Finishing up your holiday shopping? Here are tips to avoid counterfeits

Counterfeits are most often manufactured overseas. We see knockoff clothing, purses, electronics, toys and more. via Unsplash |

You may be scrambling to finish holiday shopping and, with that, comes some desperation. If you’re not careful, it’s easy to accidentally buy counterfeit products.

Counterfeits are most often manufactured overseas. We see knockoff clothing, purses, electronics, toys and more. There are four main problems:

  • The items may not meet U.S. product safety standards, particularly for toxics.
  • The items may be poorly made compared with the real thing, meaning they could wear out or break more quickly, wasting your money and harming the environment.
  • Buying counterfeit items hurts legitimate companies.
  • Buying counterfeit goods can support criminal activities, such as forced labor or human trafficking.

“Many counterfeit products are low-quality and can cause injuries,” according to U.S. Customs and Border Protection (CBP).

Regulators often find excessive levels of lead, phthalates and other toxics, which can be particularly harmful to children. Lead and phthalates are often used to soften plastic. Lead is also used to make metals and paint and coatings on clothes and other products more durable. Regulators also find electrical products with fake UL safety certifications, which could mean they could cause a fire or short out and shock you. And they find items that have small parts that break off easily, posing a choking hazard to preschoolers.

In fiscal year 2021, Customs and Border Protection seized 102,490 shipments worth $3.3 billion for copyright infringement, meaning they’re counterfeits. One shipment seized on a given day could contain hundreds or thousands of the same product.

That seizure volume is up 42 percent from the year before. Does this mean counterfeit products are on the rise, or they’ve been coming through at this level for years and are being discovered at ports more? It’s unclear, but regulators know they do not catch everything by a long shot. It’s impossible to inspect or screen every package or container.

Here are tips to avoid buying counterfeit products or tell whether a product you already have is a knockoff:

  • If you’ve exhaustively looked for an item that’s sold out everywhere and you find it online, be skeptical and do more investigating before buying.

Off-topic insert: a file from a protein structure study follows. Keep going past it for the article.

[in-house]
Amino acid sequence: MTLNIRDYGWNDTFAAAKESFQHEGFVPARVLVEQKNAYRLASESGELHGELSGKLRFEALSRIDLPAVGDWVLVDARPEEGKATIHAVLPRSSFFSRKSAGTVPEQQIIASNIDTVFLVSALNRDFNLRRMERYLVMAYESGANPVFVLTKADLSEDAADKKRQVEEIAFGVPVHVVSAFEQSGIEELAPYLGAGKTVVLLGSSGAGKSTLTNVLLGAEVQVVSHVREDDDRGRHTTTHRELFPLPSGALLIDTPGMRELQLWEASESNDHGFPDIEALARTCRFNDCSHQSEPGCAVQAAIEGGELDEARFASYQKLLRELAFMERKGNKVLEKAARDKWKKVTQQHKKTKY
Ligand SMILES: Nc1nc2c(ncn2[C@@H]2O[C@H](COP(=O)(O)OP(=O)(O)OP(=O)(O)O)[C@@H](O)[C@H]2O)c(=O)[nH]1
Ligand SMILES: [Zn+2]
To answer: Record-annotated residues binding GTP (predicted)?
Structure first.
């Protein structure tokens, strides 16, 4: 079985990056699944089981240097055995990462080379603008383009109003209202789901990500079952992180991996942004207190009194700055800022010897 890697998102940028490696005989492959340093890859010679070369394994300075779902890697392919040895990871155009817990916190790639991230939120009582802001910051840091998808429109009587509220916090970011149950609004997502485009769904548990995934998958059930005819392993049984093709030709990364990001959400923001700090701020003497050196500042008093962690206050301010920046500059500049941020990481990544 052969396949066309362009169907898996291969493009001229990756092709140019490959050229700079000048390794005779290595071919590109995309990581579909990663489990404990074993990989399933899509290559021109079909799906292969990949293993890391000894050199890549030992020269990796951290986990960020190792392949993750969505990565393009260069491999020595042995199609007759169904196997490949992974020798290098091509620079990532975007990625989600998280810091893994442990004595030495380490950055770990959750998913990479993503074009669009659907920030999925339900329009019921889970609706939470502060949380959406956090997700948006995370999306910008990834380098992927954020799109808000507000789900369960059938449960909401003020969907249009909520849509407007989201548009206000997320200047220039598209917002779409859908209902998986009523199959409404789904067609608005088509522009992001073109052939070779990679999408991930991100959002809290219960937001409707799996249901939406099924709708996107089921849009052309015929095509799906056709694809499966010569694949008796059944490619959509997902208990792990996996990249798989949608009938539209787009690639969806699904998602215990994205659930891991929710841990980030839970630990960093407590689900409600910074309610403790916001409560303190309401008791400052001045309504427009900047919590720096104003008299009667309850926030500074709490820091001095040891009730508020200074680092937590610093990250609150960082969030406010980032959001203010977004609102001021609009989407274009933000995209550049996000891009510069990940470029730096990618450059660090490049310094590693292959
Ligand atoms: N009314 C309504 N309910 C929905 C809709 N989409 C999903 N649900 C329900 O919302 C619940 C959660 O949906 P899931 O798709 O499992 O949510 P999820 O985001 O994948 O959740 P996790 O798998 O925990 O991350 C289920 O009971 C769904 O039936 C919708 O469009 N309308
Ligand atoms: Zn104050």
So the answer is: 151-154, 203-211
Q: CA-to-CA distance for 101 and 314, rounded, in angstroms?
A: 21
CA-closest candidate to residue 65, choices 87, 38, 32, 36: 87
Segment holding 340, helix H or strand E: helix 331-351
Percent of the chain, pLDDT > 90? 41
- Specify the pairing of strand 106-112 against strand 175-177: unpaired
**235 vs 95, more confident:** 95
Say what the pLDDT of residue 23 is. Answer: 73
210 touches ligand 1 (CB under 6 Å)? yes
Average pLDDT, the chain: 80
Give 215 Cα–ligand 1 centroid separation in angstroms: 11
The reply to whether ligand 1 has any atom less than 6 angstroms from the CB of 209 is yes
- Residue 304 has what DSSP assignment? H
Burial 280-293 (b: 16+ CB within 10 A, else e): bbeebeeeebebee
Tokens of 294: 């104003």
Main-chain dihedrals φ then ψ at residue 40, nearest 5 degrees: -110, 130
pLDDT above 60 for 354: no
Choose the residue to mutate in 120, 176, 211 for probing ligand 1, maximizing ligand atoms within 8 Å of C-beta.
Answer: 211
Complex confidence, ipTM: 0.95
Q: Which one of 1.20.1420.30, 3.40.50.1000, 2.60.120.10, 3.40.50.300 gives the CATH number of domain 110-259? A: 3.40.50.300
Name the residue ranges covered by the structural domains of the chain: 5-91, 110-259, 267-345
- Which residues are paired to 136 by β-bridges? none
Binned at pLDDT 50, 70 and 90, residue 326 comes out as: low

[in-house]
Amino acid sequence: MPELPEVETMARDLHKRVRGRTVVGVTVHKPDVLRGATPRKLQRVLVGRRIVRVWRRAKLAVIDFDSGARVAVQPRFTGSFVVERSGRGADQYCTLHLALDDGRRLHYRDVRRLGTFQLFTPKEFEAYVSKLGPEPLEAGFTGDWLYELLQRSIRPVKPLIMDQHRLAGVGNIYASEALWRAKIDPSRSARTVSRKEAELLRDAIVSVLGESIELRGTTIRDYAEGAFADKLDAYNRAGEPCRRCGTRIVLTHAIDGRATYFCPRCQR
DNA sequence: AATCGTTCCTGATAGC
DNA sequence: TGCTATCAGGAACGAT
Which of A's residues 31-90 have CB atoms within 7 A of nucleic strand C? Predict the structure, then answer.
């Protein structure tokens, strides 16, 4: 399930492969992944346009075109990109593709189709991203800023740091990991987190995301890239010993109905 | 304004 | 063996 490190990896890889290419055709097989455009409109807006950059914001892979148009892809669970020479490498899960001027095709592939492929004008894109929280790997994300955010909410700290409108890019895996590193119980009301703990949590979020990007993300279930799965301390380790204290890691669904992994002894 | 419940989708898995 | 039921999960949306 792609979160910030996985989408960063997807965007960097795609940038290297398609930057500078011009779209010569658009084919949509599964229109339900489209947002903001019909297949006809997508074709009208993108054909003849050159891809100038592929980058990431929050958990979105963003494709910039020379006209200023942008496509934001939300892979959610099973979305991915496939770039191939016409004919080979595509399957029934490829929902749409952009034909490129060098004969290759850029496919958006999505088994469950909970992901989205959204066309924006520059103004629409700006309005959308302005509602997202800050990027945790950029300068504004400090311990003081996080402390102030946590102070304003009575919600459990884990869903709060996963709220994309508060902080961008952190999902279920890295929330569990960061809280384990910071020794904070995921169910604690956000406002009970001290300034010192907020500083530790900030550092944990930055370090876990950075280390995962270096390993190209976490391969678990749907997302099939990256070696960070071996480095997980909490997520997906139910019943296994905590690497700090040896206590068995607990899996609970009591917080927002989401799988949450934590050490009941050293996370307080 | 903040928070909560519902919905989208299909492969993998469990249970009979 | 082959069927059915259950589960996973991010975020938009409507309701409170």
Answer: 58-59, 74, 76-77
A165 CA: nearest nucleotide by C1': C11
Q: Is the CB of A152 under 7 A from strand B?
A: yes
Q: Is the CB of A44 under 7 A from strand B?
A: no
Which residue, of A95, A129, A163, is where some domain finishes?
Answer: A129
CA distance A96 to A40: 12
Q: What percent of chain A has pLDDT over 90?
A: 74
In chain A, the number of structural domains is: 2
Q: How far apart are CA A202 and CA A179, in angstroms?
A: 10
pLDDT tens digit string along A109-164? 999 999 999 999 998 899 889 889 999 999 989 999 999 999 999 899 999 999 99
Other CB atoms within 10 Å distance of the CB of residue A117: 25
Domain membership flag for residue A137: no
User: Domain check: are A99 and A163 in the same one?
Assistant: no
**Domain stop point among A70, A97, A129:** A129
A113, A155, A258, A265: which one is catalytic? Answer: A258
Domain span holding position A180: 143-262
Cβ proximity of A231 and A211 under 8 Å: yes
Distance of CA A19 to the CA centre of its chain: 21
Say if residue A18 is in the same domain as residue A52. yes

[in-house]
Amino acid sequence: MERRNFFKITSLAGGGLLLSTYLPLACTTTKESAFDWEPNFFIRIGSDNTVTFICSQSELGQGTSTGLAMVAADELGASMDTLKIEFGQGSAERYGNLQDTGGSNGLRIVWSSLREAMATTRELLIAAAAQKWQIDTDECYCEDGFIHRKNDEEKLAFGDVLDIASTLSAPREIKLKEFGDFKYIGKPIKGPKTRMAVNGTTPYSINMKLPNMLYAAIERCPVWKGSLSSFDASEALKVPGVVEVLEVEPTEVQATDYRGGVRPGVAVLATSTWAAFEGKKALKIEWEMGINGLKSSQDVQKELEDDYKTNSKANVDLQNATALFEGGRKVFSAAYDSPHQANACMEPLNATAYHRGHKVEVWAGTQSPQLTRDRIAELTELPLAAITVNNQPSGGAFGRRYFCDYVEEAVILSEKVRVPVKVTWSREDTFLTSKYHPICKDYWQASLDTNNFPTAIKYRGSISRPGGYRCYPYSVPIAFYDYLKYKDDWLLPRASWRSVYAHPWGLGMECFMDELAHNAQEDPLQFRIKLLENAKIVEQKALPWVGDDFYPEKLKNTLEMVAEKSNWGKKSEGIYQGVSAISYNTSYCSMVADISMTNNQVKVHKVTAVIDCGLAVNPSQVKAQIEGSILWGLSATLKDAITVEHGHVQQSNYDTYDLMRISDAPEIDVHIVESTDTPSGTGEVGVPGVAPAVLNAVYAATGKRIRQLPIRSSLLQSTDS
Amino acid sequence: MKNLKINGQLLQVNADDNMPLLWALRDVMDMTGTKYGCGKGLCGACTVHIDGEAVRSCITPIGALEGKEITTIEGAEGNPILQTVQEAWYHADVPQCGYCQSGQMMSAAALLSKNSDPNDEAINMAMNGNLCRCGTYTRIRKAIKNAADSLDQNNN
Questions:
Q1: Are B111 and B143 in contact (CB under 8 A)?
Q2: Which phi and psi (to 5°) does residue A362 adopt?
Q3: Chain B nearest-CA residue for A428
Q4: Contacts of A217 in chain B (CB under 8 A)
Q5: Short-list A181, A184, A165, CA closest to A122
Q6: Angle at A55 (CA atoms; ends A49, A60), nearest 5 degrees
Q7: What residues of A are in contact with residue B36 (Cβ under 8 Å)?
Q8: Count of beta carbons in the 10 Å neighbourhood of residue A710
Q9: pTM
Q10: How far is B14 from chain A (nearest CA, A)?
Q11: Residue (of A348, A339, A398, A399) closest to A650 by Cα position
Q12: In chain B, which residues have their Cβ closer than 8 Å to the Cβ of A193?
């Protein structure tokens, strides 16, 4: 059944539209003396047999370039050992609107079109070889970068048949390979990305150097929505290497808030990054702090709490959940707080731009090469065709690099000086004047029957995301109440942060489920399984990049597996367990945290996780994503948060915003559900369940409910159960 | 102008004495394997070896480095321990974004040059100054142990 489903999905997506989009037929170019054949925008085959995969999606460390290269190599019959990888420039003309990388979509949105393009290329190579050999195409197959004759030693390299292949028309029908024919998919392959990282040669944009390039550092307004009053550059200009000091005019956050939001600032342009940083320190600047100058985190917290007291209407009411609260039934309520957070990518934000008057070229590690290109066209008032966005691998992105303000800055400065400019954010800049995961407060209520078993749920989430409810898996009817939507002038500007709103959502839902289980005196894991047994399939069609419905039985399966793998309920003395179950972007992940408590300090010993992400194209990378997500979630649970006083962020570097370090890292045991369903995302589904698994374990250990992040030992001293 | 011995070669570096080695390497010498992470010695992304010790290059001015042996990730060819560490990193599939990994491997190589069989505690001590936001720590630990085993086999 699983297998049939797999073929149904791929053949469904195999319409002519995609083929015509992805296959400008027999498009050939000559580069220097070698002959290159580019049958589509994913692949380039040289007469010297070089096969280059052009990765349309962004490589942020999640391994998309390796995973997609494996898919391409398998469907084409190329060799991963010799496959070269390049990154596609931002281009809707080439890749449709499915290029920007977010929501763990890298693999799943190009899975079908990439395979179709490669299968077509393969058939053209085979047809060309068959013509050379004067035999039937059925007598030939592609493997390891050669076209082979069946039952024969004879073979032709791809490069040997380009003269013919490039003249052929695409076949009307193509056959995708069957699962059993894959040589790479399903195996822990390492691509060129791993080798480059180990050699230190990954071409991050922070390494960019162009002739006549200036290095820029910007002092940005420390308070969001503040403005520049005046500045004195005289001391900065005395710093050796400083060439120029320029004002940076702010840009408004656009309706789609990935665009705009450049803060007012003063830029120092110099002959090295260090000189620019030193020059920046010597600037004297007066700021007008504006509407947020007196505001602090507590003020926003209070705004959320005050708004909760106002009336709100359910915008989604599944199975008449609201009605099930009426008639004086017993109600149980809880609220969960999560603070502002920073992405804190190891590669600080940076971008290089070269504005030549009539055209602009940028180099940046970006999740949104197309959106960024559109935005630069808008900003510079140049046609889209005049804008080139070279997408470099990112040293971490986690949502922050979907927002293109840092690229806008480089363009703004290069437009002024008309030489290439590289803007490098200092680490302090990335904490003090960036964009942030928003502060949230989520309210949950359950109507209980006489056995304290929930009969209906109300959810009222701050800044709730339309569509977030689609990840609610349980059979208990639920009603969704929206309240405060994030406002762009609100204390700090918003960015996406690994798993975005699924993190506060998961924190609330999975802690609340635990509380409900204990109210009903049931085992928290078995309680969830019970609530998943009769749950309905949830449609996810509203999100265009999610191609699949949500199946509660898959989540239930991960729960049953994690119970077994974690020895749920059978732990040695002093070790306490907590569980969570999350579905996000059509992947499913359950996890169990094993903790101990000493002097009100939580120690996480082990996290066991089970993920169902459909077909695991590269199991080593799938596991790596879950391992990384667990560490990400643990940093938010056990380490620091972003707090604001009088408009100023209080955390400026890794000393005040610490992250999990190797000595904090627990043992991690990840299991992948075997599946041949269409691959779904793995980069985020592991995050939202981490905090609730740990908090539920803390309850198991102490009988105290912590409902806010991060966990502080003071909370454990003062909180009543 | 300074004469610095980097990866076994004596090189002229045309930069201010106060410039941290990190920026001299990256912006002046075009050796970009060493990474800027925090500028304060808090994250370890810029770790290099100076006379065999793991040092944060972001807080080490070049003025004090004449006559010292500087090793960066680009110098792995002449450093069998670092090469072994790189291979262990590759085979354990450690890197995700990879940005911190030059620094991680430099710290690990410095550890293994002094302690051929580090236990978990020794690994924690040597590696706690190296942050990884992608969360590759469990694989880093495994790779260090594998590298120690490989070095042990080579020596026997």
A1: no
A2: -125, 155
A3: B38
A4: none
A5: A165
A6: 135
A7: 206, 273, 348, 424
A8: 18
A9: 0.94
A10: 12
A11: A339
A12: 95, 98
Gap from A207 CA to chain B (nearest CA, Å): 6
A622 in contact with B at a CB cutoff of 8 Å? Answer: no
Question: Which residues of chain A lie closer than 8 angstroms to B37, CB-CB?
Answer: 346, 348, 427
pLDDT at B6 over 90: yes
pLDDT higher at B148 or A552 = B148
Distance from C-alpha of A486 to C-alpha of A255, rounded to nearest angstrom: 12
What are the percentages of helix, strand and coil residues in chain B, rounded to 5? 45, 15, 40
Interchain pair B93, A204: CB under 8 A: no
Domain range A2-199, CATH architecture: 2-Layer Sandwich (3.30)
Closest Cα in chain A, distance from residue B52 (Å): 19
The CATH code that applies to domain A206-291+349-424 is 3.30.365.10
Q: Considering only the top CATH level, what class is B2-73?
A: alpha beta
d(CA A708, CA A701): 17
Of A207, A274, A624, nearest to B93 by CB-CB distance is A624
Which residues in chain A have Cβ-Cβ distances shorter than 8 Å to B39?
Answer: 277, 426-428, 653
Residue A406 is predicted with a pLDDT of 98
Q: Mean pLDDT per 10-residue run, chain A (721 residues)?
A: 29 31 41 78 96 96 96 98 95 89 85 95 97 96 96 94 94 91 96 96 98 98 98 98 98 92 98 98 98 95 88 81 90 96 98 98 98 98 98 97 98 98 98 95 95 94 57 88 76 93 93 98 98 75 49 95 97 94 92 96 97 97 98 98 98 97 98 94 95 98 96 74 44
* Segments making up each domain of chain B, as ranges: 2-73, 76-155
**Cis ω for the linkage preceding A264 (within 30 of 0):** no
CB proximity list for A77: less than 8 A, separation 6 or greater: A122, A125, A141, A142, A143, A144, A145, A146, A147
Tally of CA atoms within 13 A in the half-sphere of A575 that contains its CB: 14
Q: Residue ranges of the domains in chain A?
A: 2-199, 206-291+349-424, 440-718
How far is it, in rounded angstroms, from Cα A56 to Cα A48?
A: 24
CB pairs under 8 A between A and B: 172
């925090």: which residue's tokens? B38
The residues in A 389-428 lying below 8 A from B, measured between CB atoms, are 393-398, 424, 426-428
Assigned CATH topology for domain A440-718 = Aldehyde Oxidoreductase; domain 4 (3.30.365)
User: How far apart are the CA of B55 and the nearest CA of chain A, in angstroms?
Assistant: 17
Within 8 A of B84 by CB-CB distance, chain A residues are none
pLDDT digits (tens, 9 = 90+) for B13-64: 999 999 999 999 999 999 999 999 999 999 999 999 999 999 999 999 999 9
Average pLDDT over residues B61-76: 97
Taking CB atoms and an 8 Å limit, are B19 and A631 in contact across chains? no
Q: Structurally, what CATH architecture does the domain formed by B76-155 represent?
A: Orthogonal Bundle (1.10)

• Be suspicious of incredibly low prices. The U.S. Chamber of Commerce (USCC) and the U.S. Consumer Product Safety Commission (CPSC) urge consumers to watch out for products that are suspiciously inexpensive compared with other items in the same category. When using a website that has third-party sellers, comparing listings for similar products can be a good way to identify what the average price should be.
  • On the website listing, look for typos, misspellings or mislabelings. Website listings with low-quality, photoshopped pictures of products can also indicate a counterfeit.
  • Be leery of products from unfamiliar sellers or international sellers. They may be more likely to sell counterfeit items, such as toys or electrical products that don’t meet U.S. safety standards.
  • Check whether the manufacturer listed has its own, official website. Legitimate companies will almost always have their own site displaying products and an option to buy directly or find where the item is sold, either locally or online. And if the manufacturer isn’t listed, but it looks like a brand name, that’s a flag too.
  • If you have questions about the authenticity of the product, you can reach out to the seller with questions. If they don’t respond, it’s a good indicator of trouble and you just may not want to do business with them.
  • Scrutinize social media posts advertising or recommending a certain product. Consumers should be wary of posts or targeted ad campaigns on social media. A report by the United States Trade Representative (USTR) says that posts and ad campaigns can be a “fast, easy, inexpensive and common tactic” that are used to fool customers into buying counterfeit and pirated products.
  • If you buy the product, take a look at the packaging. The USCC and CPSC recommend scrutinizing the labels, packaging and contents. If the packaging has anything suspicious, such as a broken safety seal, it could be a counterfeit product. While a counterfeit may be difficult to spot online, there could be differences in quality that are more visible when you get the product in the mail.
  • Report any bad experiences. If you believe you’ve purchased a counterfeit or knockoff product, you can report it to or call the CPSC at 800-638-2772.

Teresa Murray

Consumer Watchdog, U.S. PIRG Education Fund

Teresa directs the Consumer Watchdog office, which looks out for consumers’ health, safety and financial security. Previously, she worked as a journalist covering consumer issues and personal finance for two decades for Ohio’s largest daily newspaper. She received dozens of state and national journalism awards, including Best Columnist in Ohio, a National Headliner Award for coverage of the 2008-09 financial crisis, and a journalism public service award for exposing improper billing practices by Verizon that affected 15 million customers nationwide. Teresa and her husband live in Greater Cleveland and have two sons. She enjoys biking, house projects and music, and serves on her church missions team and stewardship board.